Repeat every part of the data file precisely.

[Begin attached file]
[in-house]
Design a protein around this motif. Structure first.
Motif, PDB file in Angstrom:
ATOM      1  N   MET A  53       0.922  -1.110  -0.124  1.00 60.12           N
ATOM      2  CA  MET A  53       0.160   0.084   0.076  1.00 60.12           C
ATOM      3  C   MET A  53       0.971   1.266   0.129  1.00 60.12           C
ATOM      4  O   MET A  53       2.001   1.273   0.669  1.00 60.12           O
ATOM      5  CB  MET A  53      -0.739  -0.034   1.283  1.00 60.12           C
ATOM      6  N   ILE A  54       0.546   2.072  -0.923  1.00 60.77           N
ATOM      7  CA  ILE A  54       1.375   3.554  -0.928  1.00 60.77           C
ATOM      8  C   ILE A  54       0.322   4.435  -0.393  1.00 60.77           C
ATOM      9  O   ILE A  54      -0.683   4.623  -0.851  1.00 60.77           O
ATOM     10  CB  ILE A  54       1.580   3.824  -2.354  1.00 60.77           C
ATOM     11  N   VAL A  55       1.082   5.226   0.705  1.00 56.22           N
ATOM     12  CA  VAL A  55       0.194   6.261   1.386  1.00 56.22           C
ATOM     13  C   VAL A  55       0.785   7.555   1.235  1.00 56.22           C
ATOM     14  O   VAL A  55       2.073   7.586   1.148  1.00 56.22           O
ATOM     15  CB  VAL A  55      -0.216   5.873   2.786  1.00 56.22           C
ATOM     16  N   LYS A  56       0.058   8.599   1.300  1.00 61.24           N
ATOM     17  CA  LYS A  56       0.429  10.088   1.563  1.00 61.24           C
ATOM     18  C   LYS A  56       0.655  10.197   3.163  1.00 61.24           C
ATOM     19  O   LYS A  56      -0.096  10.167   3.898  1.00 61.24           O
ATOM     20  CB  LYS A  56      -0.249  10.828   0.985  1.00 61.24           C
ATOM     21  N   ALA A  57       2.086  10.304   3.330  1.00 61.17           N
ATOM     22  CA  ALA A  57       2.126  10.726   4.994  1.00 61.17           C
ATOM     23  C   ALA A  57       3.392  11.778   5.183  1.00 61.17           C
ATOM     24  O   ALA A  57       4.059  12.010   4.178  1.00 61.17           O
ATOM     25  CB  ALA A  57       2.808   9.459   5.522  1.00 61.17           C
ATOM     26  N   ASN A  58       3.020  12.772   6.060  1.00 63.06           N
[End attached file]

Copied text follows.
[in-house]
Design a protein around this motif. Structure first.
Motif, PDB file in Angstrom:
ATOM      1  N   MET A  53       0.922  -1.110  -0.124  1.00 60.12           N
ATOM      2  CA  MET A  53       0.160   0.084   0.076  1.00 60.12           C
ATOM      3  C   MET A  53       0.971   1.266   0.129  1.00 60.12           C
ATOM      4  O   MET A  53       2.001   1.273   0.669  1.00 60.12           O
ATOM      5  CB  MET A  53      -0.739  -0.034   1.283  1.00 60.12           C
ATOM      6  N   ILE A  54       0.546   2.072  -0.923  1.00 60.77           N
ATOM      7  CA  ILE A  54       1.375   3.554  -0.928  1.00 60.77           C
ATOM      8  C   ILE A  54       0.322   4.435  -0.393  1.00 60.77           C
ATOM      9  O   ILE A  54      -0.683   4.623  -0.851  1.00 60.77           O
ATOM     10  CB  ILE A  54       1.580   3.824  -2.354  1.00 60.77           C
ATOM     11  N   VAL A  55       1.082   5.226   0.705  1.00 56.22           N
ATOM     12  CA  VAL A  55       0.194   6.261   1.386  1.00 56.22           C
ATOM     13  C   VAL A  55       0.785   7.555   1.235  1.00 56.22           C
ATOM     14  O   VAL A  55       2.073   7.586   1.148  1.00 56.22           O
ATOM     15  CB  VAL A  55      -0.216   5.873   2.786  1.00 56.22           C
ATOM     16  N   LYS A  56       0.058   8.599   1.300  1.00 61.24           N
ATOM     17  CA  LYS A  56       0.429  10.088   1.563  1.00 61.24           C
ATOM     18  C   LYS A  56       0.655  10.197   3.163  1.00 61.24           C
ATOM     19  O   LYS A  56      -0.096  10.167   3.898  1.00 61.24           O
ATOM     20  CB  LYS A  56      -0.249  10.828   0.985  1.00 61.24           C
ATOM     21  N   ALA A  57       2.086  10.304   3.330  1.00 61.17           N
ATOM     22  CA  ALA A  57       2.126  10.726   4.994  1.00 61.17           C
ATOM     23  C   ALA A  57       3.392  11.778   5.183  1.00 61.17           C
ATOM     24  O   ALA A  57       4.059  12.010   4.178  1.00 61.17           O
ATOM     25  CB  ALA A  57       2.808   9.459   5.522  1.00 61.17           C
ATOM     26  N   ASN A  58       3.020  12.772   6.060  1.00 63.06           N